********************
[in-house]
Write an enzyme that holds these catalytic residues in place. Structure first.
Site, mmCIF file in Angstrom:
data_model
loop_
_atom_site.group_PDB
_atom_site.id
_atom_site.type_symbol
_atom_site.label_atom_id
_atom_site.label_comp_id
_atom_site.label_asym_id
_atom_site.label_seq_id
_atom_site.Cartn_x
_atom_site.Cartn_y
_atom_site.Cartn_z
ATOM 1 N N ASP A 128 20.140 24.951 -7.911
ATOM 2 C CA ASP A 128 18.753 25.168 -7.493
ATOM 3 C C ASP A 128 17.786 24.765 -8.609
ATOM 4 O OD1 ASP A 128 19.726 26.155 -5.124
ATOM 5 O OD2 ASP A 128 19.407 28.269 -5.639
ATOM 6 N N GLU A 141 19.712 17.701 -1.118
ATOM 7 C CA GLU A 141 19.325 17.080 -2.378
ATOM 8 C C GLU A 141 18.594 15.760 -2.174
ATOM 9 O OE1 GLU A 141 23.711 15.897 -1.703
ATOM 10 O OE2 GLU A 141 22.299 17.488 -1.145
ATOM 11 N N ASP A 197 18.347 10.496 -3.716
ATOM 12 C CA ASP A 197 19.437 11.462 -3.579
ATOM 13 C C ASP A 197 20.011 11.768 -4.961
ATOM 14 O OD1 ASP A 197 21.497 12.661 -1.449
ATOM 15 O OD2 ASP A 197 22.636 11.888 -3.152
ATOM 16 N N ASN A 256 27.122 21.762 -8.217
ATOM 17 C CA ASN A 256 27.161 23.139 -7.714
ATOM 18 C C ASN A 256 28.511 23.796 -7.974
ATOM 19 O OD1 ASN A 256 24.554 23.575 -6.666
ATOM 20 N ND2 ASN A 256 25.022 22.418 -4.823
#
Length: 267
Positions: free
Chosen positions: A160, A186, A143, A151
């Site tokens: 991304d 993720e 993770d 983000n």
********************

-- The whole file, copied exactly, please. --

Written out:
[in-house]
Write an enzyme that holds these catalytic residues in place. Structure first.
Site, mmCIF file in Angstrom:
data_model
loop_
_atom_site.group_PDB
_atom_site.id
_atom_site.type_symbol
_atom_site.label_atom_id
_atom_site.label_comp_id
_atom_site.label_asym_id
_atom_site.label_seq_id
_atom_site.Cartn_x
_atom_site.Cartn_y
_atom_site.Cartn_z
ATOM 1 N N ASP A 128 20.140 24.951 -7.911
ATOM 2 C CA ASP A 128 18.753 25.168 -7.493
ATOM 3 C C ASP A 128 17.786 24.765 -8.609
ATOM 4 O OD1 ASP A 128 19.726 26.155 -5.124
ATOM 5 O OD2 ASP A 128 19.407 28.269 -5.639
ATOM 6 N N GLU A 141 19.712 17.701 -1.118
ATOM 7 C CA GLU A 141 19.325 17.080 -2.378
ATOM 8 C C GLU A 141 18.594 15.760 -2.174
ATOM 9 O OE1 GLU A 141 23.711 15.897 -1.703
ATOM 10 O OE2 GLU A 141 22.299 17.488 -1.145
ATOM 11 N N ASP A 197 18.347 10.496 -3.716
ATOM 12 C CA ASP A 197 19.437 11.462 -3.579
ATOM 13 C C ASP A 197 20.011 11.768 -4.961
ATOM 14 O OD1 ASP A 197 21.497 12.661 -1.449
ATOM 15 O OD2 ASP A 197 22.636 11.888 -3.152
ATOM 16 N N ASN A 256 27.122 21.762 -8.217
ATOM 17 C CA ASN A 256 27.161 23.139 -7.714
ATOM 18 C C ASN A 256 28.511 23.796 -7.974
ATOM 19 O OD1 ASN A 256 24.554 23.575 -6.666
ATOM 20 N ND2 ASN A 256 25.022 22.418 -4.823
#
Length: 267
Positions: free
Chosen positions: A160, A186, A143, A151
């Site tokens: 991304d 993720e 993770d 983000n």